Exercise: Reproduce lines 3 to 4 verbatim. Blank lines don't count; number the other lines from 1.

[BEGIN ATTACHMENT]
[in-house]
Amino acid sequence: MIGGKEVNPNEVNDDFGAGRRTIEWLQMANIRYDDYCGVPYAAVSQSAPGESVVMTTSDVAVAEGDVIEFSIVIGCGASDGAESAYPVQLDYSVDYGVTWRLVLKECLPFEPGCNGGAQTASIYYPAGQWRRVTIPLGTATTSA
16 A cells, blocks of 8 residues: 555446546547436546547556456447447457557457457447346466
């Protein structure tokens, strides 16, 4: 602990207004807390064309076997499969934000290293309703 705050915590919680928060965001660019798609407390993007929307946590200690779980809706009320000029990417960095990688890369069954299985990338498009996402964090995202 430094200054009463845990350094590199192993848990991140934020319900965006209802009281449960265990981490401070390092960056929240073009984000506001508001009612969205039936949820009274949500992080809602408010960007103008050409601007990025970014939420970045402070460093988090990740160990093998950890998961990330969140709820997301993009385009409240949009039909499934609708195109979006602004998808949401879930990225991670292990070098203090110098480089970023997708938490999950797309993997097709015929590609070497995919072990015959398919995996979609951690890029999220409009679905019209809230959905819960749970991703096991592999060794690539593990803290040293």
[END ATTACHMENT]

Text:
16 A cells, blocks of 8 residues: 555446546547436546547556456447447457557457457447346466
């Protein structure tokens, strides 16, 4: 602990207004807390064309076997499969934000290293309703 705050915590919680928060965001660019798609407390993007929307946590200690779980809706009320000029990417960095990688890369069954299985990338498009996402964090995202 430094200054009463845990350094590199192993848990991140934020319900965006209802009281449960265990981490401070390092960056929240073009984000506001508001009612969205039936949820009274949500992080809602408010960007103008050409601007990025970014939420970045402070460093988090990740160990093998950890998961990330969140709820997301993009385009409240949009039909499934609708195109979006602004998808949401879930990225991670292990070098203090110098480089970023997708938490999950797309993997097709015929590609070497995919072990015959398919995996979609951690890029999220409009679905019209809230959905819960749970991703096991592999060794690539593990803290040293």